There is an interesting story this old hero should tell us.
A war hero who underwent surgery for a routine groin operation was stunned when doctors retrieved a bullet that had been lodged in his leg for 40 years.
Former Royal Navy Commando Robert Mitchell, 63, was injured in two separate battles in the Far East during the 1970s.
He was later awarded the Distinguished Service Medal for bravery but continued to feel pain in his groin.
Medal of honour: Mitchell with the inch-long silver bullet out of his leg
Medal of honour: Mr Mitchell with the inch-long bullet out of his leg
Surgeons at Torbay Hospital in Devon pulled the the inch-long bullet out of Mitchell's leg during the procedure.
The grandfather-of-four, who now wears the lucky steel cartridge around his neck, said: 'I could not believe it - it never occurred to me that I could have a bullet still inside my leg.
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'I had no idea that it was there and I was very surprised. The surgeon told me I had a lot to answer for because I had ruined one of his scalpels.
'I now wear it around my neck - which is better than where it was. I decided to put it on a chain because it has already been with me for all these years.'
Mitchell now wears the bullet on a chain around his neck which has been lodged inside his leg more than 40 years
Memory: Mr Mitchell now wears the bullet on a chain around his neck which has been lodged inside his leg more than 40 years
Mr Mitchell, from Dartmouth, Devon, joined the Royal Navy in 1967 when he was just a teenager before signing up with the Royal Navy Commandos in 1969.
In 1970 he was serving on HMS Fife when he did a diving course - but burst his eardrum and ended up stranded in hospital in Singapore after his ship sailed without him.
He ended up being sent to the Thailand / Malaya border with British Army and RAF Regiment forces - tackling drug runners and terrorist insurgents for five months.
But the brave soldier was involved in a fire-fight and hit in both legs.
The two bullets went straight through him, but he said there was always the chance that a third round had struck without him realising.
However, Robert reckons the rogue bullet may have been fired into his groin during a top-secret raid into Vietnam in 1971, when he was just 22.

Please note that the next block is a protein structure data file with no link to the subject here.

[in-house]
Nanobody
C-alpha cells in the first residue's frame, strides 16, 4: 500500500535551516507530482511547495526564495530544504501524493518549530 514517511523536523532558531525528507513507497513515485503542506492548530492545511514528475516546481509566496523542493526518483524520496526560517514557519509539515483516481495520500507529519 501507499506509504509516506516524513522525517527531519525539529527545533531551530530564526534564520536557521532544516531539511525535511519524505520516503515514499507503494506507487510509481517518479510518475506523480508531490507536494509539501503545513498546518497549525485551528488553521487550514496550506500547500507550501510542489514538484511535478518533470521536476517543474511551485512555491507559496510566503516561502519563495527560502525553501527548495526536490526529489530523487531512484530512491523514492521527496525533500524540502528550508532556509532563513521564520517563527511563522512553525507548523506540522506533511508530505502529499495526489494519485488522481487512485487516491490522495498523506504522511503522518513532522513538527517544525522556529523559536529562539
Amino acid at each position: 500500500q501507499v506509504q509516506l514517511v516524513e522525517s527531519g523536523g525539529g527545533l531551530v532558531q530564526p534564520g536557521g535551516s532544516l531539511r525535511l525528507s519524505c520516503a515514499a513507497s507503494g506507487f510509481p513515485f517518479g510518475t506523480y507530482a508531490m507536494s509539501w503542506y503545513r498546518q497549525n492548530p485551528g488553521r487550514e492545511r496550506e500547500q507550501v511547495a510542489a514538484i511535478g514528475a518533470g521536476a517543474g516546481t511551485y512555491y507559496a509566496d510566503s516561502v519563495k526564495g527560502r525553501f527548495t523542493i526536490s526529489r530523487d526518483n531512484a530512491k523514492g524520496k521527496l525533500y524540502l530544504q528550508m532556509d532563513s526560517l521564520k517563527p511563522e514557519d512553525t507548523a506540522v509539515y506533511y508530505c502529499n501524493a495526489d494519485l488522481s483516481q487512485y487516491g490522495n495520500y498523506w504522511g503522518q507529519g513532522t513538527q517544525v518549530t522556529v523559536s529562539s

After recovering from the bullet wounds in hospital in Singapore he found himself aboard Australian and New Zealand gunboats.
Surprised: Surgeons at Torbay Hospital was shocked when they retrieved the bullet from Mitchell's leg
Surprised: Surgeons at Torbay Hospital was shocked when they retrieved the bullet from Mr Mitchell's leg
He was then ordered upriver into Cambodia and Vietnam, where he ended up serving with US forces on the Vietnamese border.
Mr Mitchell claims he was one of 35 British Commandos taking part in covert operations in south Vietnam for six months.
The Government has never officially acknowledged the presence of British troops in the war, but it is believed there were elite soldiers tagged to US and Australian battalions.
In Vietnam he made hit-and-run raids across the border with US troops to attack supply lines, ammunition dumps and bridges.
It was during one of these raids that he was blown up - after a US forces mortar team dropped rounds among their own troops as an attack commenced.
He said: 'We were storming a Viet Cong village which we also believed had a big ammunition dump.
'I got hit by a mortar and was blown up. I had shrapnel in my face and shoulder - I knew I was hit but I didn’t think it was bad.
'I was carrying bodies back to the helicopters when one of my own guys stabbed me with morphine and threw me into the back of the helicopter.
'I think I could have been shot in the groin then but just not realised. I was running on adrenaline then I was completely out of it for a number of days afterwards.'
Mr Mitchell ended up back in hospital in Dartmouth, Devon, and was eventually invalided out of the navy because of his injuries - but no-one picked up his stray bullet wound.
He settled in the town, marrying wife Mavis, now 66, and going on to have two children, four grandchildren and six great-grandchildren.
The serviceman, who went on to work at Dartmouth College, always suffered from pain in his groin and eventually was booked in for an operation just before Christmas last year.
He said: 'When I came around after the operation the surgeon was there and he told me and I was shocked.
'Then he showed me the bullet, said they had taken it out of me and that’s my problem.
'He said they would clean it up for me and send it to me - which they did.'
Read more: http://www.dailymail.co.uk/news/article-2129335/Doctors-retrieve-bullet-lodged-inside-man-40-years.html#ixzz1rwo93osu